While I cannot see into the future, I do believe the states would be a more equal partner in the governance of the nation if the senators were not directly elected.

Just some food for thought.


Maggie Thurber said...

oh - and my position is not dependent upon which party controls the congress or the white house...this is a principle issue - not a political one, though I know some people see it differently.

Tim Higgins said...


Repealing a previous Amendment to the Constitution is something that we have done before as you are well aware (the 21st repealed the 18th, an act that I can certainly drink to).

That being said, it was the original design and intent of this representative republic to separate the function, electoral process, and deliberative nature of the two Houses of Congress. Terms of election were therefore different, as were the nature of representation (two per state vs based on population), and the responsibilities (the Senate confirms, federal judges, cabinet posts, and ratifies treaties).

Appointment by the legislatures was to insure that the loyalty of these representatives would be to their respective states, and to provide an additional bulwark to the rights of those 13 United "States" against too strong a federal government.

Many now complain about the national nature of Senatorial elections, the money invested in such campaigns, and the influence of party loyalty vs representative loyalty. It certainly seems that many of these issues would be answered by such reversion.

For those who complain about taking away the will of the majority, let me point out that this method of appointing Senators (as well as the electoral college) was designed not only protect the will of that majority, but to likewise protect the minority from the tyranny that goes with strict democracy.

In truth, this might be worth considering for no other reason than to eliminate some of the election cycle political commercials.

Anonymous said...

Our founding fathers were an amazing group of people, but they had their flaws like everybody else. They could not see into a future in which information was available to anyone who wanted to look for it. When they wrote the original constitution, only a select few Americans were well educated, even though, statistically, a higher percentage of Americans were literate than people in England. Keep in mind that the only people allowed to vote in the 18th Century well into the 19th Century were white males 21 and over, who owned property. The "good ole days" weren't necessarily so good nor so equitable as we would like to think.
The truth is that the founding fathers did not only mistrust women, non-whites, and poor, landless men, most of them mistrusted the general populous. The Electoral College and the election of senators by the state legislatures were in the constitution to prevent voters from having too much power, to keep power in the hands of elitists. The founding fathers believed that common voters would know all about local issues and would pay close attention to local elections. Therefore they allowed for the direct election of those who would be seated in the U.S. House of Representatives because they presumed that voters could be trusted with electing local people from their state to represent a congressionl district. (It is NOT required that a U.S. Representative live within the congressional district which he or she represents, only that they live within the state from which he or she is elected.) The main reason for having the state legislators name the senators from each state was that most of the founding fathers felt that the average citizen would not be knowledgable enough about people running throughout the state. The main reason why the Electoral College exists is because the founding fathers wanted the President to be selected by groups of outstanding citizens in each state, again because they simply did not trust the people to know candidates from other parts of the country well enough to make good decisions about whom to choose for President.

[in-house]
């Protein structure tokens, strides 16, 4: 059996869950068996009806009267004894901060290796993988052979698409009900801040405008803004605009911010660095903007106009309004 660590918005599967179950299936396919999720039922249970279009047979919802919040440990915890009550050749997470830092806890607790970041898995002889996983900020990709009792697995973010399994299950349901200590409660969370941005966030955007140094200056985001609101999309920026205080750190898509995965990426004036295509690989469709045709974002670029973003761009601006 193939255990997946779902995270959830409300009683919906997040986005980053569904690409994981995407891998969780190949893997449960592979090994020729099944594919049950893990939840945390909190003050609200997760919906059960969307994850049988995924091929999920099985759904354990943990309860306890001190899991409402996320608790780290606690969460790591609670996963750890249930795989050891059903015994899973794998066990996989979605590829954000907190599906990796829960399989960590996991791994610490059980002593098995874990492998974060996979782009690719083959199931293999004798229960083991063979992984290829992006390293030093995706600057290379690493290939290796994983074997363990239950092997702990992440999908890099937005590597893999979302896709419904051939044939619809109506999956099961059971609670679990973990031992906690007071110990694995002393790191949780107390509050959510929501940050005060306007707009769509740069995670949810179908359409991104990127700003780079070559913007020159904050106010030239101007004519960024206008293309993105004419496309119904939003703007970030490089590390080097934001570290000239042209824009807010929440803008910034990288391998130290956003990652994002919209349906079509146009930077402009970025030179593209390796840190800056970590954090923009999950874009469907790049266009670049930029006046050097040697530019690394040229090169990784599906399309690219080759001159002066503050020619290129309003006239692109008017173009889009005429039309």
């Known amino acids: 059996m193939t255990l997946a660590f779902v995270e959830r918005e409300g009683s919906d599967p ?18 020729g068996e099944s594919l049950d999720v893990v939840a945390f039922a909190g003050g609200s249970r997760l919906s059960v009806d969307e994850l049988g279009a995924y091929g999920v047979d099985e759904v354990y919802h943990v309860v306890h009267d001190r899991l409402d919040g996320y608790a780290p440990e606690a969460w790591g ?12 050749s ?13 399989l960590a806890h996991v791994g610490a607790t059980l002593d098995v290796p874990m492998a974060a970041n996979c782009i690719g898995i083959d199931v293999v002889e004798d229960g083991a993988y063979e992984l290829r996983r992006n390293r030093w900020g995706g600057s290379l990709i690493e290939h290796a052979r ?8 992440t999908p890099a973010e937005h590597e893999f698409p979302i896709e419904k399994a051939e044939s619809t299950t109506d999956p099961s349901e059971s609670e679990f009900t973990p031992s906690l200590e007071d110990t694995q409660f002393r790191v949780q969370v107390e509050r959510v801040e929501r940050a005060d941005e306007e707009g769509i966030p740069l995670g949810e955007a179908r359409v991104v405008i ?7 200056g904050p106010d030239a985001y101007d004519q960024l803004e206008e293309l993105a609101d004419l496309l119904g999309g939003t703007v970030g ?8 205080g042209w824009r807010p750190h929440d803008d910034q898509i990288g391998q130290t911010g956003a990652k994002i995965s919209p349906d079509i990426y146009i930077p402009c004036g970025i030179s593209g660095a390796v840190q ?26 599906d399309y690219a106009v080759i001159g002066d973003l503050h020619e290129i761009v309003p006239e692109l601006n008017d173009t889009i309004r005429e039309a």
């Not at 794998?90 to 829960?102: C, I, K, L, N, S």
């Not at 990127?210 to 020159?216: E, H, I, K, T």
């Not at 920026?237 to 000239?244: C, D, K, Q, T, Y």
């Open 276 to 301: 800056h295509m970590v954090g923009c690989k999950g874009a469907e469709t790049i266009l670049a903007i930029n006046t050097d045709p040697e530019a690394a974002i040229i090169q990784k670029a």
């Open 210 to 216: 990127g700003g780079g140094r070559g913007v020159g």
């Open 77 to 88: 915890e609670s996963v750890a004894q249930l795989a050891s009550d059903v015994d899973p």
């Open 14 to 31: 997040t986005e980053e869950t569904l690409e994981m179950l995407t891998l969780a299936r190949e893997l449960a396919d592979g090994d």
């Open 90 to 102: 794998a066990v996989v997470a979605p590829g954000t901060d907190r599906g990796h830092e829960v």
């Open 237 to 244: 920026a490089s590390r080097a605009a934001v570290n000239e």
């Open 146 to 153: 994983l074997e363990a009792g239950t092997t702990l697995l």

The 17th Amendment recognized our changing nation, the increasing number of average Americans who were being well educated in our public schools. In fact, I truly believe that one of the statistics that would most shock people like Jefferson, Adams, and Franklin is that far less voters cast ballots in local elections than in statewide elections, and far less voters cast ballots in statewide elections than in national elections. They would think that this would be the exact opposite.
In short, the selection of senators by state legislators would be a giant step away from trusting the populous. For those naive enough to believe that this would mean less money spent on elections, just imagine the senatorial candidates raising money to give to state legislative candidates who would support their candidacy for the U.S. Senate! Remember the famous Lincoln-Douglas debates? They were held to get candidates elected to the Illinois State Legislature in 1858 who would support either Lincoln or Douglas for the U.S. Senate from Illinois upon their election! BTW...Stephen Douglas got the seat!
We must not only preserve the 17th Amendment. While we're at it, let's get rid of the Electoral College, too. I, for one, trust the people more than I do a convoluted system that empowers elitists from each state in the selection of our President!

Tim Higgins said...

"The history of ancient and modern republics had taught them that many of the evils which those republics suffered arose from the want of a certain balance, and that mutual control indispensable to a wise administration. They were convinced that popular assemblies are frequently misguided by ignorance, by sudden impulses, and the intrigues of ambitious men; and that some firm barrier against these operations was necessary. They, therefore, instituted your Senate."
- Alexander Hamilton

CWMartin said...

I had to think about this one a bit. Maggie made some excellent points. There is something to be said for a system that requires a candidate to be better at making friends than making money. However, repealing the amendment will make the difficult job of libertarians, grass roots choices, and others that much harder to be heard. In fact, I kinda wonder if the whole thing was brought up to try to diffuse tea party-type candidates. At the end of the day, I should like to keep my ability to cast write in votes- to cast voptes, period, as it were.

Mad Jack said...

I'd get rid of the 17th, providing that some form of check against loyalty to the State could be written and enforced.